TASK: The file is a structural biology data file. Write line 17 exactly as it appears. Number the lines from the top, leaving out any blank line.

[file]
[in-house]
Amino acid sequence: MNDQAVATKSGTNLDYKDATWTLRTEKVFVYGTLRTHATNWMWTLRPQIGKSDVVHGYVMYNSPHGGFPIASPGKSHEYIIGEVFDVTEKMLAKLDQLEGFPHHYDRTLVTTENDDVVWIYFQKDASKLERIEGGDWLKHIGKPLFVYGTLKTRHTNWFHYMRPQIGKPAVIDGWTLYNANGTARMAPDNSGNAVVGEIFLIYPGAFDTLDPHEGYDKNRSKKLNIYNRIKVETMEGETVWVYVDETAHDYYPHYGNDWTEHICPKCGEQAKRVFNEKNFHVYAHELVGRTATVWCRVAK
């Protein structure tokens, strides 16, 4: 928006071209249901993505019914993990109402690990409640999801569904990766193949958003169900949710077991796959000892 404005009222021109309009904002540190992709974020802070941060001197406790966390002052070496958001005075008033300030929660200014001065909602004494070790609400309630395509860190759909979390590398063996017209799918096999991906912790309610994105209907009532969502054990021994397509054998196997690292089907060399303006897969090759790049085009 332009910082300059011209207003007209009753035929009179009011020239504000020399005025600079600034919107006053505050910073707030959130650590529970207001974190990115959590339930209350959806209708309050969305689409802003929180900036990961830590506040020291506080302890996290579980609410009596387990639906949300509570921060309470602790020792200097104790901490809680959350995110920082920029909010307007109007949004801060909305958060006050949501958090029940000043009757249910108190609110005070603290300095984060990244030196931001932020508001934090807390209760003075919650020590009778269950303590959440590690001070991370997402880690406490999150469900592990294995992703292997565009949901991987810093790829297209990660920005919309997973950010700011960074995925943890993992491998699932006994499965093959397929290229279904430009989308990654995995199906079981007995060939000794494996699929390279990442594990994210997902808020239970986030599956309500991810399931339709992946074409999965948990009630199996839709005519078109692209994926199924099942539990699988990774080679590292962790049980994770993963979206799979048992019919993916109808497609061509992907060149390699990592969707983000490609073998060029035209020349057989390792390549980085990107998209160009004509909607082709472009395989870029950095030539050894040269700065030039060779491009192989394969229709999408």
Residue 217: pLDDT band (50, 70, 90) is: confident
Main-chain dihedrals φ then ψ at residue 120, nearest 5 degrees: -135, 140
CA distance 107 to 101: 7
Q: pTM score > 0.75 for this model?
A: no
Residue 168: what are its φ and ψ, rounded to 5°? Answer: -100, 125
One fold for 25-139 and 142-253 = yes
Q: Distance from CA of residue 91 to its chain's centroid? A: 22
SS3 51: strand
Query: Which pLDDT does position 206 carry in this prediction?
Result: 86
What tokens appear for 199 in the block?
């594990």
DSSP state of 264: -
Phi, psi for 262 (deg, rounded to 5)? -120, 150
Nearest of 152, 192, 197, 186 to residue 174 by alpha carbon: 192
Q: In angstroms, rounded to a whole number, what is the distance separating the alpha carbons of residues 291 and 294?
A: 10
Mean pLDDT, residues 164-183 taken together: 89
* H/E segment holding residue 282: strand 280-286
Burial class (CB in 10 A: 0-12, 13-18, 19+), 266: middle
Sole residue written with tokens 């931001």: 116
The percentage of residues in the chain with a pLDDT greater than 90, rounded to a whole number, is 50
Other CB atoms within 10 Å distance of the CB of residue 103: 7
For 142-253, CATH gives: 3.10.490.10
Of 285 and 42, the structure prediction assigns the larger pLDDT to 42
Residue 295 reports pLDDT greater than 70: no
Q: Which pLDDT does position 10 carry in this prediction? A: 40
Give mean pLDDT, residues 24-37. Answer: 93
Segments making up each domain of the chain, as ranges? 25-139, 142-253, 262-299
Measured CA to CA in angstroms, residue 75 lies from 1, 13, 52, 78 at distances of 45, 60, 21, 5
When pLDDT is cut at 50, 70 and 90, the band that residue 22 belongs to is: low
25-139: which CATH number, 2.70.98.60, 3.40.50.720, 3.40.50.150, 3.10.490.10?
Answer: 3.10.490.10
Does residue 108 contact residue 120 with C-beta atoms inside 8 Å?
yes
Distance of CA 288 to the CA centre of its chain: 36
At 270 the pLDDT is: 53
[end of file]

DSSP state of 264: -